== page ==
"Quiet-Car Rule" to Make EVs Noisier

Brian Hicks

Written By Brian Hicks

Posted January 10, 2013

The soundless engines of electric vehicles might get a lot noisier if a proposed U.S. legislation passes. The intent is to aid public safety by making electric vehicle and hybrid engines audible enough for pedestrians to become aware of the vehicles’ presence.

Under the “quiet-car rule,” the noise level would need to be audible when EVs are moving slower than 18 MPH. It’s possible, claims the U.S. National Highway Traffic Safety Administration (NHTSA), that the new ruling could save up to 35 lives per model year and prevent around 28,000 injuries.

From Bloomberg:

“To add about a $30 or $35 item to a car for this kind of injury and death prevention, it’s hard to argue against,” Jesse Toprak, an analyst for industry data provider TrueCar.com in Santa Monica, California, said in an interview. “I’m sure all of us have experienced at some time the fear of getting struck by a Prius.”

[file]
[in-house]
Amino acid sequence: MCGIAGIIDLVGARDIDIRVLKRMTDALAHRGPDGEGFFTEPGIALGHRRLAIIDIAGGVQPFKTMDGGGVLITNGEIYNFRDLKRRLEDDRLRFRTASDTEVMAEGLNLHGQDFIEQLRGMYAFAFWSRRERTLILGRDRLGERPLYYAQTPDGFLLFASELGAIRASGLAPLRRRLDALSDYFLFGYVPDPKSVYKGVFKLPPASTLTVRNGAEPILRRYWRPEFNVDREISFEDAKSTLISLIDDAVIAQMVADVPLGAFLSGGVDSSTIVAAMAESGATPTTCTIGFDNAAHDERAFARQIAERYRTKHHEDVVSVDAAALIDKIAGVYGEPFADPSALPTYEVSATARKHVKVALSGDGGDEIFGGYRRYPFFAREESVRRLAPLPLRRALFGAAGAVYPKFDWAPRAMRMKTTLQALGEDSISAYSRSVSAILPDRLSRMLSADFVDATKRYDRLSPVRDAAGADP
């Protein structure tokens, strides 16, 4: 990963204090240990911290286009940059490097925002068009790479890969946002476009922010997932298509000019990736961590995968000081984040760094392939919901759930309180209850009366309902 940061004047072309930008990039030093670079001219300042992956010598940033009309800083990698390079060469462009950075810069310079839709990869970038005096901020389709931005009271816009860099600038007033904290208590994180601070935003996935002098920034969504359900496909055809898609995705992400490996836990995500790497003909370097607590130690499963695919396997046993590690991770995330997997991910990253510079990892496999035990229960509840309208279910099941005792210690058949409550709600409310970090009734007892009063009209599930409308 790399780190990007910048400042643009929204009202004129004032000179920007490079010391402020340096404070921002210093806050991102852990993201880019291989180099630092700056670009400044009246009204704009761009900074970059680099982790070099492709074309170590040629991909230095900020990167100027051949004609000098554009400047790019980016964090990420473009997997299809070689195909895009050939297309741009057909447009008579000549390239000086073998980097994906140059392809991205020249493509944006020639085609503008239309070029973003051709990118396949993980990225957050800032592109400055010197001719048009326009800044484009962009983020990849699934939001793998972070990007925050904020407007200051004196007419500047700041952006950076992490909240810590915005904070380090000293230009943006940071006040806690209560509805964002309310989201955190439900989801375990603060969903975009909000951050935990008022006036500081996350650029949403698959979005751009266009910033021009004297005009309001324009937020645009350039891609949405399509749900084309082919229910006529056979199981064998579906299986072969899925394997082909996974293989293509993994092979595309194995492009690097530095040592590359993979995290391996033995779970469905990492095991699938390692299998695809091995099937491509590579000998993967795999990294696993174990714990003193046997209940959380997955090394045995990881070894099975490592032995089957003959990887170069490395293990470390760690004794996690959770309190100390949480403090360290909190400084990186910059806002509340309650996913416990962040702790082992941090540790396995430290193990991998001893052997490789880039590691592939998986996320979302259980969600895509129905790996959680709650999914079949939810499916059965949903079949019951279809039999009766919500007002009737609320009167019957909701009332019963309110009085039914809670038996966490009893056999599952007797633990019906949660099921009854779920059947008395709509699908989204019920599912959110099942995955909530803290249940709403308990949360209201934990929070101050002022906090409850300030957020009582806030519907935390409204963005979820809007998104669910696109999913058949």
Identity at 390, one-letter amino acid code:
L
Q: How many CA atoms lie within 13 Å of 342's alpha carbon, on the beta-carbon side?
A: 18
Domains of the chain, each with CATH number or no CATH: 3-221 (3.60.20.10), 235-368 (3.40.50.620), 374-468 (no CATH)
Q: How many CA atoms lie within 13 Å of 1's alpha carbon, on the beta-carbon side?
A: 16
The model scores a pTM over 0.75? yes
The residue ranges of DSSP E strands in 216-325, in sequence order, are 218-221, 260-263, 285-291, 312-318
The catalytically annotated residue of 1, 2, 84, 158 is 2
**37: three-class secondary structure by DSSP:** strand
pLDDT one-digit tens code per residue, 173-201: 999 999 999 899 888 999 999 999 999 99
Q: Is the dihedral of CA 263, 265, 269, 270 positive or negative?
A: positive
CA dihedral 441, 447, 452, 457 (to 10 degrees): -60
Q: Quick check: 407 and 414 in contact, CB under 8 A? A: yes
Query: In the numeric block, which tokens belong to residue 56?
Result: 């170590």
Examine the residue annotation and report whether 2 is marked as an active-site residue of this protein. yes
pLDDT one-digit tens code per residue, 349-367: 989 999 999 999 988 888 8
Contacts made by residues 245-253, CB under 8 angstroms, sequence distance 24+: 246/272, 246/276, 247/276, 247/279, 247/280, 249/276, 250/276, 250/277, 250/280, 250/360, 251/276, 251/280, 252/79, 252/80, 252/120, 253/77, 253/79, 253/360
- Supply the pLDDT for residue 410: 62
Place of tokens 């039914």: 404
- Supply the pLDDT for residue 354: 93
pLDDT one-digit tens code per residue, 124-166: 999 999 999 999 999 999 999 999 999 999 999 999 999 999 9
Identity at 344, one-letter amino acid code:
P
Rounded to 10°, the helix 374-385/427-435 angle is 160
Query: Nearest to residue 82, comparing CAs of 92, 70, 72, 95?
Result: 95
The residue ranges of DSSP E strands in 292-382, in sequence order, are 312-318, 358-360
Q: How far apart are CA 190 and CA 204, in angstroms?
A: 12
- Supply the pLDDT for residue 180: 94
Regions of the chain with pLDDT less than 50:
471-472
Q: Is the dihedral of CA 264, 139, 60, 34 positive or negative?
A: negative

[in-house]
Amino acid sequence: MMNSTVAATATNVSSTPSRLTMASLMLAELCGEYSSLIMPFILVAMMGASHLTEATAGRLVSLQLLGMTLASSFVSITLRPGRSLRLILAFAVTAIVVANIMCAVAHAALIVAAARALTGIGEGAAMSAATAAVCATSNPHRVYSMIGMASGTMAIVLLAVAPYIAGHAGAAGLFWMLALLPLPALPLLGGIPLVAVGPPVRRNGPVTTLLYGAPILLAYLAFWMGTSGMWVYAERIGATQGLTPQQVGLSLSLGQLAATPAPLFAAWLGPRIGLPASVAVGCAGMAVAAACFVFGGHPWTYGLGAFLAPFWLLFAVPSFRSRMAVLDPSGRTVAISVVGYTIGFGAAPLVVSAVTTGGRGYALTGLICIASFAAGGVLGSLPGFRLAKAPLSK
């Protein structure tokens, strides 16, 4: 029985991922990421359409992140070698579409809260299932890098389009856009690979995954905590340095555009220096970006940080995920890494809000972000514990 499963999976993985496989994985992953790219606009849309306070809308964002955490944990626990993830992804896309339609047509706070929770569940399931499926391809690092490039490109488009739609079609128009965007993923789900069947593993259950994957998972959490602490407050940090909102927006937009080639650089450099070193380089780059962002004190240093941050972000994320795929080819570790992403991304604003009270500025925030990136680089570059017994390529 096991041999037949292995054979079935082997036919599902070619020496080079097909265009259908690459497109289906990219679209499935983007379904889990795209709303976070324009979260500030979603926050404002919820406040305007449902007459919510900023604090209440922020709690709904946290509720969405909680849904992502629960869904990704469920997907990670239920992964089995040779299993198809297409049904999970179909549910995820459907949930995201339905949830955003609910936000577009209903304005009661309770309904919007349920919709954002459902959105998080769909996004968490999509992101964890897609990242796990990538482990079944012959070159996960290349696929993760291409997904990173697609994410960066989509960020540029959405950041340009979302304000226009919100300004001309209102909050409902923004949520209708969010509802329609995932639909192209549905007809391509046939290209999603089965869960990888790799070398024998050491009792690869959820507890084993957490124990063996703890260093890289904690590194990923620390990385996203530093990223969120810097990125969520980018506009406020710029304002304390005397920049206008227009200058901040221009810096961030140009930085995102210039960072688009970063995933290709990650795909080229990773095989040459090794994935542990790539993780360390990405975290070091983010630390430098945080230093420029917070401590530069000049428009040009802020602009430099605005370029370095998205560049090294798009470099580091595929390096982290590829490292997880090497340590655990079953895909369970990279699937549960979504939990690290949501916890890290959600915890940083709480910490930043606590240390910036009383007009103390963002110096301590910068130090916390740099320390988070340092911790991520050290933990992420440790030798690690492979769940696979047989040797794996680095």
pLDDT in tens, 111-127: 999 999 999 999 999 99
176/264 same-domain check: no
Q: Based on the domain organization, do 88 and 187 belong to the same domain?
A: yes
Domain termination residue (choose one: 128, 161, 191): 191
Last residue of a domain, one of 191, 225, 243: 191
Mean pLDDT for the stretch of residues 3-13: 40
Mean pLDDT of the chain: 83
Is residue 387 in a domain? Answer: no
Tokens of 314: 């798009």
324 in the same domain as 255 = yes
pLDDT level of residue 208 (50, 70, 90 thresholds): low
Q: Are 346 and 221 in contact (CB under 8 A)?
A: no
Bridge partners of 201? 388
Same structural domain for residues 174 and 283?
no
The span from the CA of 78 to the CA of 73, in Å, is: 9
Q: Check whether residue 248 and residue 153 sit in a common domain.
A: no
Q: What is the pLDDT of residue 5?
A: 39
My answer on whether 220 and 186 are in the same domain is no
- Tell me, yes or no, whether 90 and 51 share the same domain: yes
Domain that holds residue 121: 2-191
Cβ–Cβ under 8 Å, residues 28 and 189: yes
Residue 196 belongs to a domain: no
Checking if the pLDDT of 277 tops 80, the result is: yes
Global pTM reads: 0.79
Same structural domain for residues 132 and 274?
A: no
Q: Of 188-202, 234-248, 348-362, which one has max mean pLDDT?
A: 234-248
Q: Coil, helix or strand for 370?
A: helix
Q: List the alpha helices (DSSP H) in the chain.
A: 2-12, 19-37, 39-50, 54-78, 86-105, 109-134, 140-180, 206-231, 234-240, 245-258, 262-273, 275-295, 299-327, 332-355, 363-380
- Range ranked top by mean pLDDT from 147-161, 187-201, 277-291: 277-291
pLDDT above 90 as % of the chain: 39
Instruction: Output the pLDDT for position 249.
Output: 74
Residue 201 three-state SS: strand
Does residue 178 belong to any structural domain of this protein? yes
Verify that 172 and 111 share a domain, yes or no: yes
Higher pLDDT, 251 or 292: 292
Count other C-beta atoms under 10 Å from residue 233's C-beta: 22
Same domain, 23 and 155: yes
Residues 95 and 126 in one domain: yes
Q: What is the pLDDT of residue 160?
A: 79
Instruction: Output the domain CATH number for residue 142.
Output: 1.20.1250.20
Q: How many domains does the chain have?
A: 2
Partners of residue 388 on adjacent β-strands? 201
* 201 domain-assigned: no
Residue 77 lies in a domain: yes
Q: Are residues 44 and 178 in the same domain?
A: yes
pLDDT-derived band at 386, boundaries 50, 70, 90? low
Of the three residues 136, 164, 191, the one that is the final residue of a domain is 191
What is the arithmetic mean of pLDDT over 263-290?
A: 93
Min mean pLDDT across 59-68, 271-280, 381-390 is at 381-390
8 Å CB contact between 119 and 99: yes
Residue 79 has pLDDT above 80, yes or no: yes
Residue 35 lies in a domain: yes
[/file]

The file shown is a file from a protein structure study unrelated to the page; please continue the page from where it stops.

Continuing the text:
The cost of implementing this rule would be about $35 per light vehicle, or about $25 million annually, while $1.48 million of that annual cost would cover large vehicles and motorcycles.

Toyota (NYSE: TM) has already said it is reviewing the proposal and has expressed willingness to comply. In fact, the company’s star performer – the Prius – already offers such an option.

The reason for the 18 MPH requirement is that when electric vehicles move faster than that, they typically do make adequate sound to be readily audible. However, non-internal combustion engine cars just don’t make any sound while accelerating or idling, and this is an issue the NHTSA is investigating presently.

Back in 2011, the agency issued a report that stated ‘quiet cars’ are almost twice as likely to be involved in various accidents while slowing, backing up, or stopping compared to internal-combustion engine cars.

Angel Publishing Investor Club Discord - Chat Now

Brian Hicks Premium


Hydrogen Fuel Cells: The Downfall of Tesla?

Lithium has been the front-runner in the battery technology market for years, but that is all coming to an end. Elon Musk is against them, but Jeff Bezos is investing heavily in them. Hydrogen Fuel Cells will turn the battery market upside down and we've discovered a tiny company that is going to make it happen...

Sign up to receive your free report. After signing up, you'll begin receiving the Energy and Capital e-letter daily.